Meaningful Business (MB:) How does running a business that tackles a pressing social issue impact your mental health, positively or negatively?
Alex Stephany (AS:) When I first launched Beam, people thought I was crazy trying to build a company for good, changing the lives of homeless people. After all, solving a problem like homelessness is hard. It’s also really trying at times. But I’m lucky to work with such a passionate, hard-working group of people, who bring great energy to the table. One of our core values at Beam is “we support each other”. As an organisation, we genuinely look out for everyone and care for their wellbeing, which helps us achieve our goals. And there’s nothing more energising than seeing the positive impact Beam is having on people’s lives on a daily basis!
MB: How does it compare to running a business with less of a clear social purpose?
AS: Beam is focused on social metrics: in other words, the number of homeless people we support into stable jobs and homes. Our mission is to give everyone the chance to be amazing – whether that’s the beneficiaries we support, or the people working for Beam. Our social purpose gives everyone energy and focus.
In the past when I’ve run companies purely focused on financial metrics, it can be an incredibly draining experience. Which is probably why I did eventually burn out. After working in technology for a number of years, I reached a point where I wanted to use my skills to achieve positive change at scale. My role models have always been people who have created social impact in their community rather than big business leaders, so I knew it would be the right move for me.
MB: What are the additional pressures of working with beneficiaries and issues that are often underserved?
AS: Delivering high quality services for vulnerable beneficiaries is immensely rewarding, but also really challenging at times. One of our core values is “we make an impact”, so our goals are ambitious and there’s a lot to be done to create the huge positive change we want to see in the world. We believe making that impact is not about hours worked (or where you work from), it’s about measurably improving the lives of the people we serve. That’s why we run specific training sessions on addictions, personality disorders and non-violent communication, to help our frontline teams navigate the added pressure of working with vulnerable people.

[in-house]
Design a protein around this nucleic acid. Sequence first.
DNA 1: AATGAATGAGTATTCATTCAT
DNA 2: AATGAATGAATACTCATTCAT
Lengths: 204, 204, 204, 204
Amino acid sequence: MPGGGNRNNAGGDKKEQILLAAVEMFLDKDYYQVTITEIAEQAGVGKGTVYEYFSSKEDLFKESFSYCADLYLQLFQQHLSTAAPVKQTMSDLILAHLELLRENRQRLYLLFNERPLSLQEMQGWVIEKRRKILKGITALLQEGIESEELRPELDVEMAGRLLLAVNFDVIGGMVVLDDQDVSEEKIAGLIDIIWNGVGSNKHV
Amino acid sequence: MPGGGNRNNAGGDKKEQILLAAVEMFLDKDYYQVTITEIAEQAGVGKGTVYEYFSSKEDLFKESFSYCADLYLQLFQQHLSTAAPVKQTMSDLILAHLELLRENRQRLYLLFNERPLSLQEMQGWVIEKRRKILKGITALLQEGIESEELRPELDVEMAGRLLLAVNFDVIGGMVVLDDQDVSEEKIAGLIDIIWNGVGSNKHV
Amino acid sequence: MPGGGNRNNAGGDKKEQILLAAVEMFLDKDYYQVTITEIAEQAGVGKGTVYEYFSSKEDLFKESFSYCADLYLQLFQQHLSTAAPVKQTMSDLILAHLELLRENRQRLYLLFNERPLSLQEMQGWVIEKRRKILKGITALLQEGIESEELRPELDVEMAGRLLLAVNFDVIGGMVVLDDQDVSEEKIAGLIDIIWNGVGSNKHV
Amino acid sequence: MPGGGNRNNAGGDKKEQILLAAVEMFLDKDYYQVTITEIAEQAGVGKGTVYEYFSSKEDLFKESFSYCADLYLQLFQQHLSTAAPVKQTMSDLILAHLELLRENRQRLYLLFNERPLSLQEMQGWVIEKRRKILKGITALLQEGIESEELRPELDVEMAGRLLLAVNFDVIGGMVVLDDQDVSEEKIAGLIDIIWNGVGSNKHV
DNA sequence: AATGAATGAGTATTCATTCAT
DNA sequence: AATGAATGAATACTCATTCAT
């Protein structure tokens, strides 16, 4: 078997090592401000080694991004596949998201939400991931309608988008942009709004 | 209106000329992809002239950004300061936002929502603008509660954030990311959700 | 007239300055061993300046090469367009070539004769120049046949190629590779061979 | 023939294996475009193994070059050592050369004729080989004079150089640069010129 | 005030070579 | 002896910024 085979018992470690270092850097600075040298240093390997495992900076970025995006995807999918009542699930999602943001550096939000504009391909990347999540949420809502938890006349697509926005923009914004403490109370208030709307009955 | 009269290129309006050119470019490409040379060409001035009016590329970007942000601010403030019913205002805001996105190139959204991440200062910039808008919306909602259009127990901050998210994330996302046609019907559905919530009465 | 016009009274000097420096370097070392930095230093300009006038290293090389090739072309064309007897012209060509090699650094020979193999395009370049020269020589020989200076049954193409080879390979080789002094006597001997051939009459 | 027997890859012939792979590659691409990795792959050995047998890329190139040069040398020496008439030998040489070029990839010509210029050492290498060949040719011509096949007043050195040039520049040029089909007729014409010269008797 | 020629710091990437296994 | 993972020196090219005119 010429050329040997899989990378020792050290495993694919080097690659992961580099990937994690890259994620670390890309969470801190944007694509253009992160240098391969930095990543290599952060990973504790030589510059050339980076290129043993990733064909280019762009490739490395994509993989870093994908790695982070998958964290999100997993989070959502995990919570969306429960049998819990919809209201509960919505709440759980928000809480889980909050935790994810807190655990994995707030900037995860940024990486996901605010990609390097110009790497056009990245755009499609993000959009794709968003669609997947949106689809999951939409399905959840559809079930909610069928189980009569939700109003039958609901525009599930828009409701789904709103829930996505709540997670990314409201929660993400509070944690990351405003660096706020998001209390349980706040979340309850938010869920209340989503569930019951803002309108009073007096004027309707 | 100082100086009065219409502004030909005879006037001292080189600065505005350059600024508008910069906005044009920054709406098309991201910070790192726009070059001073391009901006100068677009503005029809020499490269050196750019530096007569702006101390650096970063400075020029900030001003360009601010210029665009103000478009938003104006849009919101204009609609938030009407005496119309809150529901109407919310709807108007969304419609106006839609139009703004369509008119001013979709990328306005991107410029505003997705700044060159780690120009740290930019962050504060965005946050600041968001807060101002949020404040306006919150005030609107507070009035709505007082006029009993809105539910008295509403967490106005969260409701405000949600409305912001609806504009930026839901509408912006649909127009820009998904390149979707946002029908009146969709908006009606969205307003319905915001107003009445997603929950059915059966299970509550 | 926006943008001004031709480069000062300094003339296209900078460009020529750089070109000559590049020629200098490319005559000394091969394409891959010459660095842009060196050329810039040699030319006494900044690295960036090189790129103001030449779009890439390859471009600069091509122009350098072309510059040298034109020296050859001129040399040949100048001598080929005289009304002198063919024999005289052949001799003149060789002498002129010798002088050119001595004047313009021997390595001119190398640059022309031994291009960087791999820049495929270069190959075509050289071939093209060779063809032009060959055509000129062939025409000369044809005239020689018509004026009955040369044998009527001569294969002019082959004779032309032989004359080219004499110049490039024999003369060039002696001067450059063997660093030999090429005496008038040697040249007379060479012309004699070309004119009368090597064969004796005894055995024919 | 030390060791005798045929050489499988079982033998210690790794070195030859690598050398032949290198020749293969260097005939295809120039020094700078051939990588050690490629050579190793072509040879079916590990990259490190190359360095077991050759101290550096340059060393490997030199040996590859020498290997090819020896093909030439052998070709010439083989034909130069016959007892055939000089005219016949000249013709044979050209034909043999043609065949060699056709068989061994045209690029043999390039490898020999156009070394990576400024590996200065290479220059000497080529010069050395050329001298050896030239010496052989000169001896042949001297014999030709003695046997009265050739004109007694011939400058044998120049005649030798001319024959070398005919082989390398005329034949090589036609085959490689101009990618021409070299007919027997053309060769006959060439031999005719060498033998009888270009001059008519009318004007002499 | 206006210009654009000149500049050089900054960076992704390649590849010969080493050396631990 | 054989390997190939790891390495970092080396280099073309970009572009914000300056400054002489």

MB: What measures do you put in place to take care of your mental wellbeing?
AS: Exercise and a regular routine makes for a pretty solid foundation. I use the Calm meditation app, which all of our employees have a free subscription to and I also enjoy a bit of yoga. We hold weekly exercise classes in Beam’s office as well, which are a great way to re-energise during the working day. Aside from that, I make sure to schedule proper downtime and rest. That could be as simple as doing a digital detox when on holiday, or learning a new hobby (in my case the slide guitar!)
MB: How has the uncertainty created by the pandemic affected you and your team?
AS: The pandemic challenged us to be agile and creative at a time when many things were uncertain. As we moved to a remote set-up, it was also important to define what we wanted our culture to look like in this new era. I spent a lot of time working on our Beam Life culture document, with input from the team. Our strong culture at Beam helps us to stay laser focused on our mission, and ensures that Beam remains the best possible company for each of us and the people we support.
As a business, we’re always guided by our core values – one of which is “we’re open and transparent”. During the pandemic, I introduced ‘open hours’ in my calendar for people to discuss any concerns or questions they had, and we ran regular wellbeing surveys too. Our frontline staff were also given a monthly budget of £80 to spend on any service that was beneficial to their wellbeing or mental health, which we’ve continued.
MB: What advice would you give to other impact entrepreneurs, on looking after their mental wellbeing and that of their team?
AS: It’s important to build an open dialogue with your employees about their wellbeing, listen and take action. For example, during lockdown we recognised that fatigue was becoming a natural part of the ‘working from home culture’. That’s why we introduced ‘YouTime’, where one Friday a month, our team logged off at 1pm and were given a budget to spend on something that made them truly happy. Giving employees the chance to switch off and focus on themselves is one of the best ways to ensure emotional resilience and stability, especially during periods of uncertainty.
*Beam is hiring across the board right now, including junior operational roles all the way to a Chief of Staff – a great role for experienced founders. If that sounds of interest, check out their careers page www.beam.org/careers or email us on email@example.com